Without much of a pitch on the east and west porches and the front south porch,we decided to go with copper.Pictured above he is soldering the pieces of copper together on the east porch. We also decided to do copper on the cupola as an accent. The rest of the roof is red cedar.
Cooper roofing is an increasingly popular metal roofing option. The high sheen of brand new copper settles into a blue-green patina over time. Both hues can complement your home and give it a classic, unique flavor. There’s no doubt that copper roofing is beautiful, but its appeal doesn’t stop there. These are some of it’s attributes:
Durability – Copper roofs are strong, lasting up to 50 years or even more with regular repairs and maintenance. The metal is highly resistant to fire, hail, and mildew.
Weight – Copper is a lightweight material, which is a clear benefit when installed as your main roofing structure. Lightweight roofs do not put as much stress on your home’s internal structures as heavier materials such as steel, clay tiles, or wood shakes. This is especially important during heavy snowfalls.
Efficiency – Most metal roofs are energy efficient, as they reflect light instead of allowing heat into the home. Copper is no exception. Installing a copper roof can help you control heating and cooling costs.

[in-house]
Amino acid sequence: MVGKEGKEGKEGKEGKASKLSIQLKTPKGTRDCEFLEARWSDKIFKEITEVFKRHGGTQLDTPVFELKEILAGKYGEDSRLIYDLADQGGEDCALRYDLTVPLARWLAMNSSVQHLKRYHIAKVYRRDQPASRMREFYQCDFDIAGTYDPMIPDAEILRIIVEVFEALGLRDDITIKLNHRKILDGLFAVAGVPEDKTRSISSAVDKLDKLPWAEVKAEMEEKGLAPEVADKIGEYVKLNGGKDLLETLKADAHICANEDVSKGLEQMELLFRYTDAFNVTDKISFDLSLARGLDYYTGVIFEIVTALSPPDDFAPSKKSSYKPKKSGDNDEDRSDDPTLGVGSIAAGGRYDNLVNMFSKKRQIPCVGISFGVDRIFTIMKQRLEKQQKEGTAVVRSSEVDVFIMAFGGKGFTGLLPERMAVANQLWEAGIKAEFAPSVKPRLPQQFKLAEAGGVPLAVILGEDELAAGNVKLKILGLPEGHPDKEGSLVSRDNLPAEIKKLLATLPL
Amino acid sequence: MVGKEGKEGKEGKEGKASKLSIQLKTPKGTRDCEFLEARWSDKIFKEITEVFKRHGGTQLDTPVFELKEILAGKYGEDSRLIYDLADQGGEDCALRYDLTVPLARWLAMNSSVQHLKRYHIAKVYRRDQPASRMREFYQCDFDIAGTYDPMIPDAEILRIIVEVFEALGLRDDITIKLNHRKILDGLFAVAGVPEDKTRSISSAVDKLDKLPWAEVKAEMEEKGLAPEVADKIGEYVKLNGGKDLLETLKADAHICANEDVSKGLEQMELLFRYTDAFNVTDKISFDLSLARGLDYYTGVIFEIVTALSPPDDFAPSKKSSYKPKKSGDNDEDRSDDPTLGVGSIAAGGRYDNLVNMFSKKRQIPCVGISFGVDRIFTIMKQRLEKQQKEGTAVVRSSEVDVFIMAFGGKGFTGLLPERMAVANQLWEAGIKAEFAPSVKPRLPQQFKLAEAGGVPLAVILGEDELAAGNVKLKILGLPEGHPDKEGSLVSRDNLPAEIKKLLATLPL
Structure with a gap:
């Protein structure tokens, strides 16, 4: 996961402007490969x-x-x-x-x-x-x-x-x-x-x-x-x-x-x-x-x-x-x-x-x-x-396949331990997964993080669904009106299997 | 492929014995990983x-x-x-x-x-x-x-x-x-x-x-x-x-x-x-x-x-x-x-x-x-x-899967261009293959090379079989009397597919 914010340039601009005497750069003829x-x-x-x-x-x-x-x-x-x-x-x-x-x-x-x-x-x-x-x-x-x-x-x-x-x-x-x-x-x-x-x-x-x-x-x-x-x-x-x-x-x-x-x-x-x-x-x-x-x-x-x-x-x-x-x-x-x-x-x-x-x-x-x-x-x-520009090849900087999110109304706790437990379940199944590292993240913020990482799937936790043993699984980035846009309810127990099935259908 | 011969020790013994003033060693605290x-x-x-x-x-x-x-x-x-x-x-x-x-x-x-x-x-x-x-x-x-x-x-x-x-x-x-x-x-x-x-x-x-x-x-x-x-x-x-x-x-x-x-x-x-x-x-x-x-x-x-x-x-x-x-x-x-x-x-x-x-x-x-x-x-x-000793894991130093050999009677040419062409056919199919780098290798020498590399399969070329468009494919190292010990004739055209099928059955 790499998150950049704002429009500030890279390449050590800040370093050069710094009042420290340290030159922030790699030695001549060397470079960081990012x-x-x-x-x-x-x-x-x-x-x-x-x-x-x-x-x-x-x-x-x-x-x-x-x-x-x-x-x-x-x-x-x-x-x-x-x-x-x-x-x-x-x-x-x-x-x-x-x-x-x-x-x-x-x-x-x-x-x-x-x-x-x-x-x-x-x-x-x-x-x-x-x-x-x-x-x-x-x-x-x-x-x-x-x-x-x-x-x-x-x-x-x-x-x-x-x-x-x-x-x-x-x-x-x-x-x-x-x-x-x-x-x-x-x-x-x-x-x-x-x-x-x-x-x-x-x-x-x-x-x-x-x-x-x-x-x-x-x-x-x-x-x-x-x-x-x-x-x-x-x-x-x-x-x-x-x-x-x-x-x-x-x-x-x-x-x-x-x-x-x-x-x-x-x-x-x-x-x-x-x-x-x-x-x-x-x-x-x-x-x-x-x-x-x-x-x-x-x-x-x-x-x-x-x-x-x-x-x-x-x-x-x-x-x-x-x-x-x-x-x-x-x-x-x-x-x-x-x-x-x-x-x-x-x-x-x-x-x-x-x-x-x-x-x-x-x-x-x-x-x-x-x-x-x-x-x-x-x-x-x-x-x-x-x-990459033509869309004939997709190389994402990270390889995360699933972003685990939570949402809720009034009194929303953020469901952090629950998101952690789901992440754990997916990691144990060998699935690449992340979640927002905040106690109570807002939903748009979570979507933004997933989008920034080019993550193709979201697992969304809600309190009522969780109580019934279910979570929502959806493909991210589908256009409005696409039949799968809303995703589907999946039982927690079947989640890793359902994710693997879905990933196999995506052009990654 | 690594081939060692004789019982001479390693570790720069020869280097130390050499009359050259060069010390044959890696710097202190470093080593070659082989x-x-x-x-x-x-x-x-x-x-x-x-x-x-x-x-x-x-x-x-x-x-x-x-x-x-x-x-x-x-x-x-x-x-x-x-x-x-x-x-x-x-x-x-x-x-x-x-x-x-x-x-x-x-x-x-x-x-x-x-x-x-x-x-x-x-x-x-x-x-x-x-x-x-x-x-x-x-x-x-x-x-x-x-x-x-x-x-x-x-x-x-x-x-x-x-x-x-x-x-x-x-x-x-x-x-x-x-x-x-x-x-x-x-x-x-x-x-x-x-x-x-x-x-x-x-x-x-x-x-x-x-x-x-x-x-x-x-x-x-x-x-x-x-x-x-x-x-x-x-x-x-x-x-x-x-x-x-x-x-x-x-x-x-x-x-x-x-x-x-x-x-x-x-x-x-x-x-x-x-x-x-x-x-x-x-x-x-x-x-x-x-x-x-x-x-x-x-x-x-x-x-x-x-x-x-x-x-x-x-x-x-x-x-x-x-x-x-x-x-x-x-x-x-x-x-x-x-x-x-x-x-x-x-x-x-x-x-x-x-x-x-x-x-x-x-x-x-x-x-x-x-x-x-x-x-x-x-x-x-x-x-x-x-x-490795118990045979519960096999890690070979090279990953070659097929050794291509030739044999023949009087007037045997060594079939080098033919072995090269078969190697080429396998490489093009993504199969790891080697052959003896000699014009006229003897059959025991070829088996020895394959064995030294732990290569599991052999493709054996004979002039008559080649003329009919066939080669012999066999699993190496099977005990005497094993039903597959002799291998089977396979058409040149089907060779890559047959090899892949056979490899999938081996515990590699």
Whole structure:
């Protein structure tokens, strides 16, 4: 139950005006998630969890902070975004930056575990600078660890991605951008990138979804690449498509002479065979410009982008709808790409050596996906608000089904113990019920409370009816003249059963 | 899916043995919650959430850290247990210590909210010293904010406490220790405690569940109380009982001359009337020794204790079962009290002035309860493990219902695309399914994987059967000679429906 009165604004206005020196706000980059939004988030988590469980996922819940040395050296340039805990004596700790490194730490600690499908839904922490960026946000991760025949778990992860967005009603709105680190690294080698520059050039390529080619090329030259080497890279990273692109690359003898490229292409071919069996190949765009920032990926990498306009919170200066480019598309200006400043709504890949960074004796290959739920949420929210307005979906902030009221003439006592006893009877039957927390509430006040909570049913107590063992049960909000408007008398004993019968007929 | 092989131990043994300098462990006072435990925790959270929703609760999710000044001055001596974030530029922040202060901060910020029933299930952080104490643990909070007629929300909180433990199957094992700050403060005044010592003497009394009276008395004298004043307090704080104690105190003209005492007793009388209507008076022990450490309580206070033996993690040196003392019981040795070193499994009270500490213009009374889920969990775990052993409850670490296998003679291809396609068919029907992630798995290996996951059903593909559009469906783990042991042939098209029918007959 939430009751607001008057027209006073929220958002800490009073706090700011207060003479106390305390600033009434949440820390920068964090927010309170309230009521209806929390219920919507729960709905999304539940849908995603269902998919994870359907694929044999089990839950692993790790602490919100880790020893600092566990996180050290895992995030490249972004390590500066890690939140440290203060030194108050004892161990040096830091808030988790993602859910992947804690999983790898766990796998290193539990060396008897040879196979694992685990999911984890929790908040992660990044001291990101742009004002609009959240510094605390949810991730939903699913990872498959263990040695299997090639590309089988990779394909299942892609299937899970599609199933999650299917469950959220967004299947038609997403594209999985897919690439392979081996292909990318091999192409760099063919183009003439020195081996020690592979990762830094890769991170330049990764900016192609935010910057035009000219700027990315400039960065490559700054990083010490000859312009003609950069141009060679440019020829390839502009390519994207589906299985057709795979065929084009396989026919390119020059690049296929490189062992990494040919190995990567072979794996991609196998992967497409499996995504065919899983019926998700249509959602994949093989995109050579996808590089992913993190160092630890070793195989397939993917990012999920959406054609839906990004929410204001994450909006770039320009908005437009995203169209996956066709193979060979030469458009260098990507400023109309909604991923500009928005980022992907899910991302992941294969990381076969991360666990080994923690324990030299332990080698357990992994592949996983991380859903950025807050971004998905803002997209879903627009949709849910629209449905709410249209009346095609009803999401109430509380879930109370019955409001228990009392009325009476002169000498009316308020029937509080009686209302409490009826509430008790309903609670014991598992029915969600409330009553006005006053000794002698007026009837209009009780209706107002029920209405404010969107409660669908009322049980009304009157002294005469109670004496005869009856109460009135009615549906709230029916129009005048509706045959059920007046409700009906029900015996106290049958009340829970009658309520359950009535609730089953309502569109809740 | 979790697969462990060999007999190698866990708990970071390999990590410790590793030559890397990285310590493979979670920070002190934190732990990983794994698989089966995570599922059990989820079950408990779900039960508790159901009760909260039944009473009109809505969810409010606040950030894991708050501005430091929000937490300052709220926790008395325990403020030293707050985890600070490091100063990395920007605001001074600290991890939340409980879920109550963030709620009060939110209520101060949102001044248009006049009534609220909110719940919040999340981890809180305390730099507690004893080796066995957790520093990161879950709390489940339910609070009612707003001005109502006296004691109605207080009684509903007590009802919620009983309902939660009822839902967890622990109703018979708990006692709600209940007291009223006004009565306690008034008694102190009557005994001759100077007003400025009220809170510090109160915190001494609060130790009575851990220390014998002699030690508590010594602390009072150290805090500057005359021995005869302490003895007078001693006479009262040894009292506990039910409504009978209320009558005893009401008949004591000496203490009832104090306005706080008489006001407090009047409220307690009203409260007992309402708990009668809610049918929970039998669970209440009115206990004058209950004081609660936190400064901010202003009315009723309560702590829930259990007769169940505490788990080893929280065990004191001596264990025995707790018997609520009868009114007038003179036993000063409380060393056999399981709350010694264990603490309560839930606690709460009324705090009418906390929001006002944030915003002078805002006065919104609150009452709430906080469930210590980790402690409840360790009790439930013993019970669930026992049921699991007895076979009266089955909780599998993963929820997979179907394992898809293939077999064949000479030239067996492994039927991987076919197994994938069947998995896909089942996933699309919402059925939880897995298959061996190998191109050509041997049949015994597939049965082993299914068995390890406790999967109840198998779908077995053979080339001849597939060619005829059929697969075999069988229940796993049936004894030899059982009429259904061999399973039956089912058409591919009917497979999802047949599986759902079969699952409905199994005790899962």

The drawbacks of copper roofing are few, but are worth noting. The noise factor can be a negative. A rainstorm sounds loud under a copper roof, no matter where you are in the home. The metal does not buffer noise as well as softer materials, like asphalt or wood.
Weighing in at 4500 pounds it was fascinating to see the cupola fly through the air and into place on top of the barn-next step is to add the windows next week!
A cupola(pronounced “kyou’puh luh”) is a structure that sits atop a larger rooftop or dome and can range in size from very basic and small, to extremely large and ornate. The small can be a simple vented box you would see on a barn while the cupola on St.Peters Basilica in Rome is an example of the other extreme.
Large Cupolas may be accessible from a stairway on the inside giving a commanding vantage point from which to look out over the world. This kind of cupola is often called a belvedere or a “widow’s walk”. Often smaller cupolas are constructed without access from inside and windows are added which provide a natural light source for illuminating the spaces below. These types of cupolas are also known as “lanterns”.